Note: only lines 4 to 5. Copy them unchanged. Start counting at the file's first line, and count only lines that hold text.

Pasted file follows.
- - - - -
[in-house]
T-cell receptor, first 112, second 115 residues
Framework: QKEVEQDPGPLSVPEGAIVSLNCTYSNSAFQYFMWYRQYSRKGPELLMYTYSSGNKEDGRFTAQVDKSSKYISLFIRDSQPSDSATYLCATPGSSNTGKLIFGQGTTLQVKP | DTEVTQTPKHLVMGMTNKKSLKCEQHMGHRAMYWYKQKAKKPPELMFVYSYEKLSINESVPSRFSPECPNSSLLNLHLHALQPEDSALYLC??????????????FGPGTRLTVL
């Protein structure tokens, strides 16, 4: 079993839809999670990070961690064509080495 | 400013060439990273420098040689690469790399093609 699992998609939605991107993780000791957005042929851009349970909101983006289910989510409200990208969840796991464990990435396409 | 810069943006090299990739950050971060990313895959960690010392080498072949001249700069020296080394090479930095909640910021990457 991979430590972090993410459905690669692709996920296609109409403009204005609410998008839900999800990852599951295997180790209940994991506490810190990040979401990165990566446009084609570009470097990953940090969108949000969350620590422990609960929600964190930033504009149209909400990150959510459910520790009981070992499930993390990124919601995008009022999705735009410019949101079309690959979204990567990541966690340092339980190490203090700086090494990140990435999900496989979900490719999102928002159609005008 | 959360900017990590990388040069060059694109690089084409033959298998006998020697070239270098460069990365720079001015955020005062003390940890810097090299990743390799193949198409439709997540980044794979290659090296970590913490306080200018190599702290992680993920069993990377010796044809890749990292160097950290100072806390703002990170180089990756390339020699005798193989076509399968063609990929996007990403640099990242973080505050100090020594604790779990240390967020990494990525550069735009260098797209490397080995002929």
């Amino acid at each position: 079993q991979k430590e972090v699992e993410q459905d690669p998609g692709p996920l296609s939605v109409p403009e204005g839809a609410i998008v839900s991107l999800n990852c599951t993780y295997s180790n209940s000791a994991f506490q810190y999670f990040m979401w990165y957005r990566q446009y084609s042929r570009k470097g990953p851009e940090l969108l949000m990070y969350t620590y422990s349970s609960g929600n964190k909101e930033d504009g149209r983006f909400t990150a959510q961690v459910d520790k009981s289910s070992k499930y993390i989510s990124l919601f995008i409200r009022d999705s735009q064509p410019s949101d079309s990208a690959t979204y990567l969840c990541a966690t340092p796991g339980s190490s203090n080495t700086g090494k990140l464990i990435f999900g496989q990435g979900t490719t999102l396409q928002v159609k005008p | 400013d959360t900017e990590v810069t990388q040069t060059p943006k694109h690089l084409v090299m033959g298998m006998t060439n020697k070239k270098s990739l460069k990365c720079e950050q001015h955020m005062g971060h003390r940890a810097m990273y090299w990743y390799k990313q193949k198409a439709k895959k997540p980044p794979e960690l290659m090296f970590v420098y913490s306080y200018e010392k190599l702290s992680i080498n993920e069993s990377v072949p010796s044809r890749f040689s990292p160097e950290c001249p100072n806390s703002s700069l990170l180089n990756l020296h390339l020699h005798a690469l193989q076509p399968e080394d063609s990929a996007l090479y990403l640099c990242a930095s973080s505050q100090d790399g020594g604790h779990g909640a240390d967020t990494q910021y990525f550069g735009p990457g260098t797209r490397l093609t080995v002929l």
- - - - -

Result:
């Protein structure tokens, strides 16, 4: 079993839809999670990070961690064509080495 | 400013060439990273420098040689690469790399093609 699992998609939605991107993780000791957005042929851009349970909101983006289910989510409200990208969840796991464990990435396409 | 810069943006090299990739950050971060990313895959960690010392080498072949001249700069020296080394090479930095909640910021990457 991979430590972090993410459905690669692709996920296609109409403009204005609410998008839900999800990852599951295997180790209940994991506490810190990040979401990165990566446009084609570009470097990953940090969108949000969350620590422990609960929600964190930033504009149209909400990150959510459910520790009981070992499930993390990124919601995008009022999705735009410019949101079309690959979204990567990541966690340092339980190490203090700086090494990140990435999900496989979900490719999102928002159609005008 | 959360900017990590990388040069060059694109690089084409033959298998006998020697070239270098460069990365720079001015955020005062003390940890810097090299990743390799193949198409439709997540980044794979290659090296970590913490306080200018190599702290992680993920069993990377010796044809890749990292160097950290100072806390703002990170180089990756390339020699005798193989076509399968063609990929996007990403640099990242973080505050100090020594604790779990240390967020990494990525550069735009260098797209490397080995002929």
């Amino acid at each position: 079993q991979k430590e972090v699992e993410q459905d690669p998609g692709p996920l296609s939605v109409p403009e204005g839809a609410i998008v839900s991107l999800n990852c599951t993780y295997s180790n209940s000791a994991f506490q810190y999670f990040m979401w990165y957005r990566q446009y084609s042929r570009k470097g990953p851009e940090l969108l949000m990070y969350t620590y422990s349970s609960g929600n964190k909101e930033d504009g149209r983006f909400t990150a959510q961690v459910d520790k009981s289910s070992k499930y993390i989510s990124l919601f995008i409200r009022d999705s735009q064509p410019s949101d079309s990208a690959t979204y990567l969840c990541a966690t340092p796991g339980s190490s203090n080495t700086g090494k990140l464990i990435f999900g496989q990435g979900t490719t999102l396409q928002v159609k005008p | 400013d959360t900017e990590v810069t990388q040069t060059p943006k694109h690089l084409v090299m033959g298998m006998t060439n020697k070239k270098s990739l460069k990365c720079e950050q001015h955020m005062g971060h003390r940890a810097m990273y090299w990743y390799k990313q193949k198409a439709k895959k997540p980044p794979e960690l290659m090296f970590v420098y913490s306080y200018e010392k190599l702290s992680i080498n993920e069993s990377v072949p010796s044809r890749f040689s990292p160097e950290c001249p100072n806390s703002s700069l990170l180089n990756l020296h390339l020699h005798a690469l193989q076509p399968e080394d063609s990929a996007l090479y990403l640099c990242a930095s973080s505050q100090d790399g020594g604790h779990g909640a240390d967020t990494q910021y990525f550069g735009p990457g260098t797209r490397l093609t080995v002929l």